Sir Edmund tells this story in his book “View From The Summit”. “Another weekend the expedition was invited to a combined gathering in North Wales with senior members of the Alpine Club. We were based on the very pleasant Hotel and I arrived a little late only to discover that everyone else had headed off up Snowdon (a mountain). I had no boots or mountaineering equipment, but set off up the mountain after them in a pair of sand shoes and casual clothing. I was about halfway up and moving very easily when a properly booted middle-aged gentleman, sporting an Alpine Club badge, appeared out of the mist. He stopped abruptly, looked aghast at my lack of equipment, and proceeded to give me a thorough dressing down. I was inexperienced and ill-equipped people such as myself, he told me, who gave the mountains a bad name. Fuming, he disappeared down the hill and out of sight. After a pleasant climb I returned to the hotel. I was greeted by my expedition companions and introduced to our Alpine Club hosts. Soon I was shaking the rather limp hand of the gentleman who had berated me on the mountainside.”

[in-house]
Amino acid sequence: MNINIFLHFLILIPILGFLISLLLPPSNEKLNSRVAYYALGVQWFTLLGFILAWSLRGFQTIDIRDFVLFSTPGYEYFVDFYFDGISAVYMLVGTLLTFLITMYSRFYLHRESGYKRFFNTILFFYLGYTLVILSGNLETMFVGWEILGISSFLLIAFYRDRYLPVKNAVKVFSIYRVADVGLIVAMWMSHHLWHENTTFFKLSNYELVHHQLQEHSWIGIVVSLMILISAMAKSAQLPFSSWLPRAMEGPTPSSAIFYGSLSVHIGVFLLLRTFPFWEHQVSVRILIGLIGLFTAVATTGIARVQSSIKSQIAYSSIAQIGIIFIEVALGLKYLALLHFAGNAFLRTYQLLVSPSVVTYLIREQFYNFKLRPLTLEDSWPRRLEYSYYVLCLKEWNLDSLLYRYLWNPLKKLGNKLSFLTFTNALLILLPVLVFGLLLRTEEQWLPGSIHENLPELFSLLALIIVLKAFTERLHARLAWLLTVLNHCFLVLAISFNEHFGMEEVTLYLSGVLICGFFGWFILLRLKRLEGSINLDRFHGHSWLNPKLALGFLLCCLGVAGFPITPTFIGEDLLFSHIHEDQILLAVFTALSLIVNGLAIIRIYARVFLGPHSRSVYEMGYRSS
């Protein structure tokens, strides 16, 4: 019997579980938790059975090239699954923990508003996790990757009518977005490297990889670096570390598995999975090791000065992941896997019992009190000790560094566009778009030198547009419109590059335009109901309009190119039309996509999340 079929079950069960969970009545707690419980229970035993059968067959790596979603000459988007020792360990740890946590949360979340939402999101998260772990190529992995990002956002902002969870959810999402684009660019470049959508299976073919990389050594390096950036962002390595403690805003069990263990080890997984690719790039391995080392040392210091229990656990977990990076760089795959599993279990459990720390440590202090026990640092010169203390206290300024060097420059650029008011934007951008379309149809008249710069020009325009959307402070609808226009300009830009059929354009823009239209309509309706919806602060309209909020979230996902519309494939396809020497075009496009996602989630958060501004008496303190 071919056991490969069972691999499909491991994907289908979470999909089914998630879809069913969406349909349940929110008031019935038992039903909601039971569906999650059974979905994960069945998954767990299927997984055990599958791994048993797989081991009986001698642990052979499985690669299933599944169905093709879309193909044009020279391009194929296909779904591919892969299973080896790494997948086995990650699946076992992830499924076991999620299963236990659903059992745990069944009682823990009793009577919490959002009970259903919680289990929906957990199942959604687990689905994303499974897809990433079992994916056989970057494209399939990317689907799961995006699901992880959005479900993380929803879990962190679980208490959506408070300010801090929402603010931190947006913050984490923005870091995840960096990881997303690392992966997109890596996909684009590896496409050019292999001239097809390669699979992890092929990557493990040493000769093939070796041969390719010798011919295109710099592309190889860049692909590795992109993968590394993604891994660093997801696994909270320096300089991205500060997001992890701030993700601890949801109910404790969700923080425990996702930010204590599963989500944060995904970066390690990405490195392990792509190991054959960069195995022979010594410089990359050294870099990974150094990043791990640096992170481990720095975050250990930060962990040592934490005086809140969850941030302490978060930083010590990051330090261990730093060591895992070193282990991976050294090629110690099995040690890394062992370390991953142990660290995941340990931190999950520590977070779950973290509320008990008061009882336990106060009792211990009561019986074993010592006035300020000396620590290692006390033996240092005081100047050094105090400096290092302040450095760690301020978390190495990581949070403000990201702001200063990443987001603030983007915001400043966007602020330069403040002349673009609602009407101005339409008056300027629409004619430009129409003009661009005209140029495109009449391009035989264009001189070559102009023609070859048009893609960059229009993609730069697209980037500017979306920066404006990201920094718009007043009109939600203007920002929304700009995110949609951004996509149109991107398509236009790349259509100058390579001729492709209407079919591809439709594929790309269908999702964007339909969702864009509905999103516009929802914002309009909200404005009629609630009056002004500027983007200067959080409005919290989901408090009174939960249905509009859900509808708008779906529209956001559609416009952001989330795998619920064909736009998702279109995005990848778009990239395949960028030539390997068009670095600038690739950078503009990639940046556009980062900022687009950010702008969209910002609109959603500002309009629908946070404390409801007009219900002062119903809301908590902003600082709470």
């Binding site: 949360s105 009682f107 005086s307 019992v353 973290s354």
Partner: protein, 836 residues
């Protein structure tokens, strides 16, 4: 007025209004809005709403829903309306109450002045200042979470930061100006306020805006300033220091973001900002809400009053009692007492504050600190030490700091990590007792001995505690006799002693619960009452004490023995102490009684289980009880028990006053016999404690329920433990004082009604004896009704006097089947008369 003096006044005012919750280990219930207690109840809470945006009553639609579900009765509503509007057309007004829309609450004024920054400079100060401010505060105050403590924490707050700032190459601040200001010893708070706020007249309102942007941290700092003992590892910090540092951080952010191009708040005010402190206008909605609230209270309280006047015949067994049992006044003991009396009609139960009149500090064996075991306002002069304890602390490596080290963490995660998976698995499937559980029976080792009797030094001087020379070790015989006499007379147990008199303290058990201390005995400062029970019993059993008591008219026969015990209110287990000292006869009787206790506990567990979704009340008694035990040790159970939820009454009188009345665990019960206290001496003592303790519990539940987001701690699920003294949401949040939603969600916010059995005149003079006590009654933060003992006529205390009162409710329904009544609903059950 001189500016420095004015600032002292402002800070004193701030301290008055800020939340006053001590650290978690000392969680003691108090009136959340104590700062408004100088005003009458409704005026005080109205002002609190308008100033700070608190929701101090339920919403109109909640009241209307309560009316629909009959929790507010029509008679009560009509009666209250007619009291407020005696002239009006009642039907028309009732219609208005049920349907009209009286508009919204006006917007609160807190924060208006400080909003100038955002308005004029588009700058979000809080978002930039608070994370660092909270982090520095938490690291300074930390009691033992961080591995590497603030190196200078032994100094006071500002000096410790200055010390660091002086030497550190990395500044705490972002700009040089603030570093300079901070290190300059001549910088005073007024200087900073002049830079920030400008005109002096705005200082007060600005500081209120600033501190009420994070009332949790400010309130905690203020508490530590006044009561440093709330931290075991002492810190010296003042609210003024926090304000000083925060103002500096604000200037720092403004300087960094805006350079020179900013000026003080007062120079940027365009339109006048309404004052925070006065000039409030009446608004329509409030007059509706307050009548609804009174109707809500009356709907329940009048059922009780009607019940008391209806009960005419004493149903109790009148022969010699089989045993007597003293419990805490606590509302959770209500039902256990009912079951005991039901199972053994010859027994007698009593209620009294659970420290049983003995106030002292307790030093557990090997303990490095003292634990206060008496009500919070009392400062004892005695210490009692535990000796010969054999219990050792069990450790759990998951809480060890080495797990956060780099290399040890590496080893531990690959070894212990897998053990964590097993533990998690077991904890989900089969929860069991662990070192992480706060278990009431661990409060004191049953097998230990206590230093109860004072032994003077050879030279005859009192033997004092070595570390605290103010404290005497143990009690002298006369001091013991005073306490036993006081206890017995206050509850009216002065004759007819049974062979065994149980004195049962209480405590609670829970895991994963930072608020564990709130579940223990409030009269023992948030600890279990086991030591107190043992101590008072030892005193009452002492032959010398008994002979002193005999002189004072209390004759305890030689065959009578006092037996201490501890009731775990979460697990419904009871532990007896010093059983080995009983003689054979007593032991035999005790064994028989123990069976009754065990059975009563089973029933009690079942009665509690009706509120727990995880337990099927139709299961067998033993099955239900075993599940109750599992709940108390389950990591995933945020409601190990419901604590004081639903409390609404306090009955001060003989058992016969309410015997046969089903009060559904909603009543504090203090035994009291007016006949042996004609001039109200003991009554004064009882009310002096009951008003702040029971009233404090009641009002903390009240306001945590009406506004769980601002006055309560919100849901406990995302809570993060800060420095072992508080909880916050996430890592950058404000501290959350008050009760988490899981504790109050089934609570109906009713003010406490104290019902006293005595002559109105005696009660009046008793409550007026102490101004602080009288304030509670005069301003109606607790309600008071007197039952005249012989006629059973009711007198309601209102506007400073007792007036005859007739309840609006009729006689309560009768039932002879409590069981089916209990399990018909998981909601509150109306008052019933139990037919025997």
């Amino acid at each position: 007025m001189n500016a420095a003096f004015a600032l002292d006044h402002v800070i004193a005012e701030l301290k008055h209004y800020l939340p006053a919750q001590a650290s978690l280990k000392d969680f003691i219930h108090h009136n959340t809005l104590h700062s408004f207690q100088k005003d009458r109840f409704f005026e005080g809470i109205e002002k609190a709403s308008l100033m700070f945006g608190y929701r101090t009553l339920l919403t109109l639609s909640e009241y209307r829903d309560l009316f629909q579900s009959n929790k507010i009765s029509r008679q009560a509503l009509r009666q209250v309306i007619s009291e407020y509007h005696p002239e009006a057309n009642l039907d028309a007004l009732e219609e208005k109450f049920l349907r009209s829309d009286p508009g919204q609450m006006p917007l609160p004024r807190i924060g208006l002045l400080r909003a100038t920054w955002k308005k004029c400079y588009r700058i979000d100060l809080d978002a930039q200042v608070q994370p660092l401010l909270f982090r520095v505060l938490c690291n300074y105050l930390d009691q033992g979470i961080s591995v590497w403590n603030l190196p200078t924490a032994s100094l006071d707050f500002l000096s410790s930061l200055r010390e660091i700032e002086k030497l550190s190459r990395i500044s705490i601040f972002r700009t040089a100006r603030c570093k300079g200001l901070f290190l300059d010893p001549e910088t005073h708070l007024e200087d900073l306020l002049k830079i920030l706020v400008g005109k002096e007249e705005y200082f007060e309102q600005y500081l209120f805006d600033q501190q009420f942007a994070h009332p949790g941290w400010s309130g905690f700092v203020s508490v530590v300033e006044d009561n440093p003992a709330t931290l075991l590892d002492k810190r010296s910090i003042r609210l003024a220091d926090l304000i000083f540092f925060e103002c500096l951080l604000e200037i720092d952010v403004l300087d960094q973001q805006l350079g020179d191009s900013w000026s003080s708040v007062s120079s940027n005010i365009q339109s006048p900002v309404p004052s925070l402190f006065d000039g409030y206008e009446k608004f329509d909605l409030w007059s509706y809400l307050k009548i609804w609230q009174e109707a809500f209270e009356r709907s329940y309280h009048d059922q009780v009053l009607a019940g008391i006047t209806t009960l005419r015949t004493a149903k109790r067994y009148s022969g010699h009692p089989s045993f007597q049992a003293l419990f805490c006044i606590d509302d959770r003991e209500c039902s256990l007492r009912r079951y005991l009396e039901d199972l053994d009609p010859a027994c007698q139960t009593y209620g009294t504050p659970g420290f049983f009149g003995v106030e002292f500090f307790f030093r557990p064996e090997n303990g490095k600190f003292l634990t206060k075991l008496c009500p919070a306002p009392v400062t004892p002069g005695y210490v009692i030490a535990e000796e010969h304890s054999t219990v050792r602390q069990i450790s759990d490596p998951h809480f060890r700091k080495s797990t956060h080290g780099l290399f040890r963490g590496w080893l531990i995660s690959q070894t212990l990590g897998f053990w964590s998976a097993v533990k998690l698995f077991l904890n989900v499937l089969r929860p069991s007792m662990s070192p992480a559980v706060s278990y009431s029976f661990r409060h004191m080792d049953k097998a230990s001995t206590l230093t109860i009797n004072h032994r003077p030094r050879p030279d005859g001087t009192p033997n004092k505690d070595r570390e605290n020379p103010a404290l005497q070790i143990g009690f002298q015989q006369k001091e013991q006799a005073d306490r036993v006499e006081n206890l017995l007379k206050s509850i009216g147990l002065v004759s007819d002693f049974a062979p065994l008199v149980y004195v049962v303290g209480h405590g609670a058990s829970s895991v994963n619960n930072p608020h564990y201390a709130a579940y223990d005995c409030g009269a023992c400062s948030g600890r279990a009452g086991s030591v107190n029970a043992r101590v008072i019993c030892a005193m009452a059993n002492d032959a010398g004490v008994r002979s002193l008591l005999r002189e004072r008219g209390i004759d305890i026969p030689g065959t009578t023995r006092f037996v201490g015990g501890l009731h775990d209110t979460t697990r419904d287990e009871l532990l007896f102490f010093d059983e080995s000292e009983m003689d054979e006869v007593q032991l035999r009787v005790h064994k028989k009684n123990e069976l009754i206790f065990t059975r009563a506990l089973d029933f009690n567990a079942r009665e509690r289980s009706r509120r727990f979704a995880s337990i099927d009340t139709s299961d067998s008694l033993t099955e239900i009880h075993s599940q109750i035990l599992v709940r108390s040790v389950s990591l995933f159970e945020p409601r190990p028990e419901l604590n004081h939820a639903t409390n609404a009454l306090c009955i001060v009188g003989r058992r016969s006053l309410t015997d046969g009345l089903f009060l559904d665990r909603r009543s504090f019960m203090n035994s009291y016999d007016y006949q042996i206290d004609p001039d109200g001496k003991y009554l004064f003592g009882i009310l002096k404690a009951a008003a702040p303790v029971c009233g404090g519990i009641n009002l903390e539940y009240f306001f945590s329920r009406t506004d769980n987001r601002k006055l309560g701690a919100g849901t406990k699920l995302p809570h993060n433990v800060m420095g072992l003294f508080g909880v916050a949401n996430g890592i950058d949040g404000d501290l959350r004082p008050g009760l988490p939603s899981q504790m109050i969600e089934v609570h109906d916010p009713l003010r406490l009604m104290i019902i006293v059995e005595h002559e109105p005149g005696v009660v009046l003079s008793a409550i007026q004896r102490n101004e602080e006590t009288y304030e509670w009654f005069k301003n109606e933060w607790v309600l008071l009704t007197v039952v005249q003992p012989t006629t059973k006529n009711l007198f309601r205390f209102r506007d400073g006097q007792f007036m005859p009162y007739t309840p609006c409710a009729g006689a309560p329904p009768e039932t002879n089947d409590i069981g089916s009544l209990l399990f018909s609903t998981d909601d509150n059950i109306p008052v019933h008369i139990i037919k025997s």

This is a funny story. An amateur mountain climber dares to scold the man who just finished climbing the highest mountain in the world.
Sometimes our judgments of people are too swift. We make impressions of people too quickly. We miss the depth of character, conviction of faith, and work ethic because we assume some sense of superiority. This poor man must have felt foolish shaking the hand of one of the finest mountaineers in history. James 1:19 states “Know this, my beloved brothers: let every person be quick to hear, slow to speak, slow to anger.” The rebuking hiker should have kept his tongue to himself.
Often an individual does not have all of the information that weights in on various situations. This does not mean we never make a judgment, but it is always best to be patience before announcing a decreed to someone.
- Review of “I Refuse to Lead a Dying Church”
- A Quick Review of Phil Sanders Article “The Emerging Church Movement.”
- My Clubs
- 12 Summits in One Summer